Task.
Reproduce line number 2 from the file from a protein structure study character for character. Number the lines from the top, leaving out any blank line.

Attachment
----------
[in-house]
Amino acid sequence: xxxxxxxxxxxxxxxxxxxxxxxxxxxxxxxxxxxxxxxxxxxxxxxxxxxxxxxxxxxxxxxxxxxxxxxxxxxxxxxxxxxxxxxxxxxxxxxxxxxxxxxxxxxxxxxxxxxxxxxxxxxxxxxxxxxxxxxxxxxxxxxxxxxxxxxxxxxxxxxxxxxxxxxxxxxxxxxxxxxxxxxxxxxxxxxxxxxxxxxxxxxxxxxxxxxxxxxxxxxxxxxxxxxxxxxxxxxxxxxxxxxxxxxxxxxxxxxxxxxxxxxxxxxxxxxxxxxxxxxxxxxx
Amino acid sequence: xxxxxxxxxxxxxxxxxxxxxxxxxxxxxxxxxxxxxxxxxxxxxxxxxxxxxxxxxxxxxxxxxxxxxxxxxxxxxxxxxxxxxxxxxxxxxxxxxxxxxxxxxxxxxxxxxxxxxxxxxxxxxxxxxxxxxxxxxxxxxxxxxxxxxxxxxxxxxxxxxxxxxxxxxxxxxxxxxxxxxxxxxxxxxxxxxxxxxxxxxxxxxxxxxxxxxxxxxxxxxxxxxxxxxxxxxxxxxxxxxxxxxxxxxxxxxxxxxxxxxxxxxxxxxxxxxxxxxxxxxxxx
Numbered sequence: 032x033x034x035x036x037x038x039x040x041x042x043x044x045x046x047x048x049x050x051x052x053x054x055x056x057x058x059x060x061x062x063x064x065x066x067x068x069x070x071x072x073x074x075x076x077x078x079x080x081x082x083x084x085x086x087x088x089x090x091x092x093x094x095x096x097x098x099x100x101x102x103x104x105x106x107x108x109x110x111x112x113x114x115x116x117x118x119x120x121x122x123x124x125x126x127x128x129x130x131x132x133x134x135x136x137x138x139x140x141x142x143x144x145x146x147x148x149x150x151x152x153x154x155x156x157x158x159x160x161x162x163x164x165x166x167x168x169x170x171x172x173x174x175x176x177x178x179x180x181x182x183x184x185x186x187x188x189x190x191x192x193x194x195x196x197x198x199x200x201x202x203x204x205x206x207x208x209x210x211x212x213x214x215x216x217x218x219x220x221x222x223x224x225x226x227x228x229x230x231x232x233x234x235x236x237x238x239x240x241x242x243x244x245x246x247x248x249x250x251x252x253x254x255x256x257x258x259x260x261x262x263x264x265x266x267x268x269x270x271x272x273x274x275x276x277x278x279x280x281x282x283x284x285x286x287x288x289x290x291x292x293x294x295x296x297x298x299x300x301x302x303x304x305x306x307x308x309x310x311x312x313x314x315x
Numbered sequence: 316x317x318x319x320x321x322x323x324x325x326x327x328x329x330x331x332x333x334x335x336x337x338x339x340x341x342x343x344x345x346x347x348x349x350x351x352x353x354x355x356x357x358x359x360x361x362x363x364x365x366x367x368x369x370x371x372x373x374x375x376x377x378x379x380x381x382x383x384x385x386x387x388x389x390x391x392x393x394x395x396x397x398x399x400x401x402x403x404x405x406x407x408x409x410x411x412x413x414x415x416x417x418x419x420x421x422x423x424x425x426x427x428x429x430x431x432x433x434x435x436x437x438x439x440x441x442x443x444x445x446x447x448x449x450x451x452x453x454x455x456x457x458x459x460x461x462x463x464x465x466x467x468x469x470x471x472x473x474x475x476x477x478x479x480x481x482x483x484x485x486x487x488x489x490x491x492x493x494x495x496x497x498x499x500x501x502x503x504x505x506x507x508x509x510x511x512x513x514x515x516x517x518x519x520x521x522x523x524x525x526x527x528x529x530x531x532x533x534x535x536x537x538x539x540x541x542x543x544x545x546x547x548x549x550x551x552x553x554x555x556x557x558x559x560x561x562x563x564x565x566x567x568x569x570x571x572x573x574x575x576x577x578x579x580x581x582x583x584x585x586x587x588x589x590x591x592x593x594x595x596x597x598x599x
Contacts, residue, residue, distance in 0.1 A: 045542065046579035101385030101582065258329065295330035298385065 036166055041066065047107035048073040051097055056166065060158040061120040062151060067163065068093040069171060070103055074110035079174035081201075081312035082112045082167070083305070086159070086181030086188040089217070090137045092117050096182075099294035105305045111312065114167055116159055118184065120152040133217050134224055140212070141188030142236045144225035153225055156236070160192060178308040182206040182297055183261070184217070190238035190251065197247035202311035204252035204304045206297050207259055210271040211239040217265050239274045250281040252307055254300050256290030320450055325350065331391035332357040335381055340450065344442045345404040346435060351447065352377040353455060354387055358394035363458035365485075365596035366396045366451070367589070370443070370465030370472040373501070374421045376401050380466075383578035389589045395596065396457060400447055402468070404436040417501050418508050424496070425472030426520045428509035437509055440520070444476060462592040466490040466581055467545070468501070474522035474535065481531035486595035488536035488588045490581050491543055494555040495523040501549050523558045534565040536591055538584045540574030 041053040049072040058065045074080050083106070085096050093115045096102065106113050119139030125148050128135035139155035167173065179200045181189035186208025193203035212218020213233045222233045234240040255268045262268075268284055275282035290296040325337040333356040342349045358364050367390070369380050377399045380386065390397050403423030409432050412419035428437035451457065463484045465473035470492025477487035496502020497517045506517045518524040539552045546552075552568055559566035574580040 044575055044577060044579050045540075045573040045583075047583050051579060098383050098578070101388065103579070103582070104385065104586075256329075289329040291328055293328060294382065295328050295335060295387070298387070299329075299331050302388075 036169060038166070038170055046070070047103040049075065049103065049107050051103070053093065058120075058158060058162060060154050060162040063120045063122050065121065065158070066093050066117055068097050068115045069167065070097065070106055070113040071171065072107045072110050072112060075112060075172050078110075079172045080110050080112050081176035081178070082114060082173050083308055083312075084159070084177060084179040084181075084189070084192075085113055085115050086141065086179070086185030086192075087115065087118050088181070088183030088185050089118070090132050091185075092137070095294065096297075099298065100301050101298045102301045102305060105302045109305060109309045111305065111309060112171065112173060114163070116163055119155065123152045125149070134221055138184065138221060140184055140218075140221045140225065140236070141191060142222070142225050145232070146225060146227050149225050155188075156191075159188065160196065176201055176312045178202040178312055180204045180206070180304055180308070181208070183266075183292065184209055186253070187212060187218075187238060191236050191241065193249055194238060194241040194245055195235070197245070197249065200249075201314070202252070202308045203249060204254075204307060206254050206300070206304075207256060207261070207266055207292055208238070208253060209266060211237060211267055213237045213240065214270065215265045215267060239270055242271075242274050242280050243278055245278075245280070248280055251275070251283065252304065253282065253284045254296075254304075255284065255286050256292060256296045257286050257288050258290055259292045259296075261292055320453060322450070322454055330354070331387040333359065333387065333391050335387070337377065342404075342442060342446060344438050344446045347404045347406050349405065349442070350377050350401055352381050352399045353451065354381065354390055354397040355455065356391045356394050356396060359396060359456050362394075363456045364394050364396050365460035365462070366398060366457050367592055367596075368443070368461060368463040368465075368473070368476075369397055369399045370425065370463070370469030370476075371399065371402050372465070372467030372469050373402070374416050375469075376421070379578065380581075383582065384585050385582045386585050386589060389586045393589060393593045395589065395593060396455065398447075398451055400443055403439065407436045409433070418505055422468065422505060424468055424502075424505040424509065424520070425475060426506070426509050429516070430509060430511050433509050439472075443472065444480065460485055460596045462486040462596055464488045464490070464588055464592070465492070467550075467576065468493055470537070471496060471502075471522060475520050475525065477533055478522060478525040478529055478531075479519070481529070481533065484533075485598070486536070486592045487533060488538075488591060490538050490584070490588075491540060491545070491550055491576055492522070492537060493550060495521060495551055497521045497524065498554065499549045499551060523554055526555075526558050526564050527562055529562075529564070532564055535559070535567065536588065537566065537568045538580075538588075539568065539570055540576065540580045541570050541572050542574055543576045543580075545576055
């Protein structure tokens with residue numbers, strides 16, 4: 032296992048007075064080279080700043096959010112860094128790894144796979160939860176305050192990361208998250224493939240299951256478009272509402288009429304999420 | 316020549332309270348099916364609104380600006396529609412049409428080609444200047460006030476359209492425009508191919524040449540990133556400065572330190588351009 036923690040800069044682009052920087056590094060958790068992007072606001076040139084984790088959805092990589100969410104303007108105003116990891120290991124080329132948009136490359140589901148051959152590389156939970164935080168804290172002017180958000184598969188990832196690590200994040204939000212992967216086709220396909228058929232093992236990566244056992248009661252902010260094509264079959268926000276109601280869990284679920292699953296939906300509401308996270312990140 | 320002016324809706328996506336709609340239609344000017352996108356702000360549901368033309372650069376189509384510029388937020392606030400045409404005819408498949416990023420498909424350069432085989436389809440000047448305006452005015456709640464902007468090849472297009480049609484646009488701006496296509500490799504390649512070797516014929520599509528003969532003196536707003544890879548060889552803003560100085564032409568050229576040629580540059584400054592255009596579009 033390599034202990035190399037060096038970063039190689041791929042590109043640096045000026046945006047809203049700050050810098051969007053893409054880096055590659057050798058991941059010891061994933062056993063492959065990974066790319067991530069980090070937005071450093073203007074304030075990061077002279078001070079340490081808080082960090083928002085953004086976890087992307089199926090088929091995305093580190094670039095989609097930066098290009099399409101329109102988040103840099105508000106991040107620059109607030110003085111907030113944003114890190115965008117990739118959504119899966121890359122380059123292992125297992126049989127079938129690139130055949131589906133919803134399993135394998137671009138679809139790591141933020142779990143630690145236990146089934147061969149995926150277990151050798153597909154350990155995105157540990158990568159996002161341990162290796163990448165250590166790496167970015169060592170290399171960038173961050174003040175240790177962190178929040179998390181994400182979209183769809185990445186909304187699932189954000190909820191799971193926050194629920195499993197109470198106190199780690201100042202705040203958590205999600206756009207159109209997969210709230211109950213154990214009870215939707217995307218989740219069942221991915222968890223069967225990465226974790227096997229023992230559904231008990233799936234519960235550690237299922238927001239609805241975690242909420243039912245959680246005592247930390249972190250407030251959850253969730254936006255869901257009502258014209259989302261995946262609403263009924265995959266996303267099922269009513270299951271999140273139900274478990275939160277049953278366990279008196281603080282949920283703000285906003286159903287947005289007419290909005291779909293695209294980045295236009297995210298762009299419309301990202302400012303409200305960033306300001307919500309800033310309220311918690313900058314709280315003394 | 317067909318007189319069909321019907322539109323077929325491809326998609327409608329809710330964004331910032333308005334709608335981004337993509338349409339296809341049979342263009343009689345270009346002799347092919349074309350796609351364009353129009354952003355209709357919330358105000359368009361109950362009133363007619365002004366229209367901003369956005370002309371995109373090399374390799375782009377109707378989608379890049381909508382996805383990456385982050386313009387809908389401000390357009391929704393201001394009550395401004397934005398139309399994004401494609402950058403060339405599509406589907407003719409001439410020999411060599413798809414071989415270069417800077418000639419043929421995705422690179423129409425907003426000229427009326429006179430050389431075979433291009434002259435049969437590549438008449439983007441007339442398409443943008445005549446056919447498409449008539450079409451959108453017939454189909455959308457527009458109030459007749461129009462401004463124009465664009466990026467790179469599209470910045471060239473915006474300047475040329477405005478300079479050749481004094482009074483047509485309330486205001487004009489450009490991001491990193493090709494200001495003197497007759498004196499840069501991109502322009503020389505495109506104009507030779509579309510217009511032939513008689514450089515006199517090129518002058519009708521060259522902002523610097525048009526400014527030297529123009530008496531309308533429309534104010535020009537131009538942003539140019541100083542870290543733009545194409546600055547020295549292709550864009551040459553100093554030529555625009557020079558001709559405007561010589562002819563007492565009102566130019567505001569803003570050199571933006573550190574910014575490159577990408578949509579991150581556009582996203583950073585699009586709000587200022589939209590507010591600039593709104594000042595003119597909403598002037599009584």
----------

Amino acid sequence: xxxxxxxxxxxxxxxxxxxxxxxxxxxxxxxxxxxxxxxxxxxxxxxxxxxxxxxxxxxxxxxxxxxxxxxxxxxxxxxxxxxxxxxxxxxxxxxxxxxxxxxxxxxxxxxxxxxxxxxxxxxxxxxxxxxxxxxxxxxxxxxxxxxxxxxxxxxxxxxxxxxxxxxxxxxxxxxxxxxxxxxxxxxxxxxxxxxxxxxxxxxxxxxxxxxxxxxxxxxxxxxxxxxxxxxxxxxxxxxxxxxxxxxxxxxxxxxxxxxxxxxxxxxxxxxxxxxxxxxxxxxx